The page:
Lubbock's tent city could soon be a thing of the past… or at least moved to another location for a third time. Lubbock's Zoning and Planning Commission voted late Thursday, rejecting a rezoning request by the property owner of the land tent city is currently on.
Link Ministries owns the plot of land on 13th Street and Avenue A, and for the last six months they've helped Lubbock's homeless get back on their feet by allowing them to stay in tents on the property.
Recently Link Ministries was asked to request a rezoning plan that would change the plot of land from a heavy industrial zone to a special-use heavy industrial zone in order to keep allowing the makeshift shelters.
"I don't think anybody in their right mind ever thought the tent city was going to be a permanent solution for the homeless issue here in Lubbock," said City Council member Paul Beane.
On Thursday the eight member commission appointed by the City Council rejected the request in a 7 -0 vote, with one member abstaining his vote.
"It's infuriating, the fact that the city has spent six months on a homelessness committee to look at what we can do to help the homeless in Lubbock, Texas," said Les Burrus, Link Ministries executive administrator, "An organization stepped up to the plate, and we brought them out here to a private property for a faith base organization to help them. Now they want us to move them somewhere else."
Some of the reasons given for the denial of rezoning were the overwhelming opposition of businesses near the tent city. Several business owners said thefts and burglaries have gone up since the tent city moved to 13th and Avenue A.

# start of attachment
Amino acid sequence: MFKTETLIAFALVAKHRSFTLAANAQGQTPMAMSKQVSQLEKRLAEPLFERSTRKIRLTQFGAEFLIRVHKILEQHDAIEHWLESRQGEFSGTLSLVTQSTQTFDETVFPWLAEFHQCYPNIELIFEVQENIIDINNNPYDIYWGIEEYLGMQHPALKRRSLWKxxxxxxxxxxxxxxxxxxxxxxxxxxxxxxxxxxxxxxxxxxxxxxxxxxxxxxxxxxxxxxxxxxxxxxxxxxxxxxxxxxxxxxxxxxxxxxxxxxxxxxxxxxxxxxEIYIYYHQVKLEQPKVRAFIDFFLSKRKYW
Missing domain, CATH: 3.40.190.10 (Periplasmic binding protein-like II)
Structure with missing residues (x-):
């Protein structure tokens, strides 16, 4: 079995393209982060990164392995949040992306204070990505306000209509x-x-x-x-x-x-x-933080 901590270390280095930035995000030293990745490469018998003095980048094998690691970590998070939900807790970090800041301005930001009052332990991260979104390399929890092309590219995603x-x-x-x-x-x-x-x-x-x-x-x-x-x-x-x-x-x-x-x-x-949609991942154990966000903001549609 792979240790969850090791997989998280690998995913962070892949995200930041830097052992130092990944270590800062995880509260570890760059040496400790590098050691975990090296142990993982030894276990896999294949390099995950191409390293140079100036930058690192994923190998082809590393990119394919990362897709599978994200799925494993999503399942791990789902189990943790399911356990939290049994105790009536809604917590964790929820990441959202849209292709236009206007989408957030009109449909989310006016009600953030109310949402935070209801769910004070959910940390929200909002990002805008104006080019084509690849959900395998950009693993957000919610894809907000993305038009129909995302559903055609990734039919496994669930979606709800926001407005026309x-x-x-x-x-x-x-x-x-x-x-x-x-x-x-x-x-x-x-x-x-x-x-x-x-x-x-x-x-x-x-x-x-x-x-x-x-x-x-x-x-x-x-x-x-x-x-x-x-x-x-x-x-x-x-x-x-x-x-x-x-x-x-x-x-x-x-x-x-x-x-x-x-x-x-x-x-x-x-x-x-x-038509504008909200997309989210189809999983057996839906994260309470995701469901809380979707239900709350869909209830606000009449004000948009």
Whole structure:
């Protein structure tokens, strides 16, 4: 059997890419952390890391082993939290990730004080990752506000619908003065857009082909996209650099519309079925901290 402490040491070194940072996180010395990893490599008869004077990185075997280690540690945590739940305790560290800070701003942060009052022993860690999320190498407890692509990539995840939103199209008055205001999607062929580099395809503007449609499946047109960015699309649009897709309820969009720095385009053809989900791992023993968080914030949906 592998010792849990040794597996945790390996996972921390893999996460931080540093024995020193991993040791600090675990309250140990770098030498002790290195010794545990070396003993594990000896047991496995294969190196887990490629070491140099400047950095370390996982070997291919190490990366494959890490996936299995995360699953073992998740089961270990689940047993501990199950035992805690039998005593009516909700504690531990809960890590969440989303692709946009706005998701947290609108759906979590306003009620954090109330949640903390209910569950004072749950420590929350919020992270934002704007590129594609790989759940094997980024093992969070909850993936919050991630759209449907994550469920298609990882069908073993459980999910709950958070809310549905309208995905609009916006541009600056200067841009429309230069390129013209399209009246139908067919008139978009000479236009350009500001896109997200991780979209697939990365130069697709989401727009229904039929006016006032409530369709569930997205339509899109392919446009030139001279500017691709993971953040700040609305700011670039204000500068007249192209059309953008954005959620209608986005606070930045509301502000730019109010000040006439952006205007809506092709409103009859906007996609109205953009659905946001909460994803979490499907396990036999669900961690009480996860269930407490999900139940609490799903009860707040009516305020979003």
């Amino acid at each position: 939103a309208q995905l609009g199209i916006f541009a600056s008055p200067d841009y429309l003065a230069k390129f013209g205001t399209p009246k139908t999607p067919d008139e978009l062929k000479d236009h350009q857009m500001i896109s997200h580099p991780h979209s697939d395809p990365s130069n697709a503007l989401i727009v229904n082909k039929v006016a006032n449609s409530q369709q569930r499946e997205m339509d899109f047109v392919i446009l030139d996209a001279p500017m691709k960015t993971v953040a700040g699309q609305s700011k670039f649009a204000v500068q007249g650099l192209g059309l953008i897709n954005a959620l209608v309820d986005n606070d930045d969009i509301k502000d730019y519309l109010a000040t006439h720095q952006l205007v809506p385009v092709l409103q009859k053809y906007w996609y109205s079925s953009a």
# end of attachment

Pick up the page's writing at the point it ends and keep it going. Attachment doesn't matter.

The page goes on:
"We were blind sided by the city's response. We were faced with a series of allegations with no chance for rebuttal," said Clifford Vanloan, a tent city resident. "I felt like the allegations were based on exaggeration and innuendoes and very little fact."
Link Ministries can appeal to the City Council, which is exactly what Link Ministries executive administrator Les Burrus says they plan to do. He says the ministries board will discuss how to go about appealing to the city.
Link Ministries will have to have at least a City Council vote of 6 to 1 in order to overturn the commission's ruling. If they do not overturn it, Link Ministries will only have a certain amount of time to remove the tents before they start getting fines by police.
"Where are we going to move to? This location is just about ideal as far as access to services, as far as transportation, everything else is conveniently located yet we are out of the way," said Vanloan. "Our whole aim is to get people removed from the street and give them a hand up, and right now we can't offer that simply because we aren't entirely legal where we are and we could be forced to close down."
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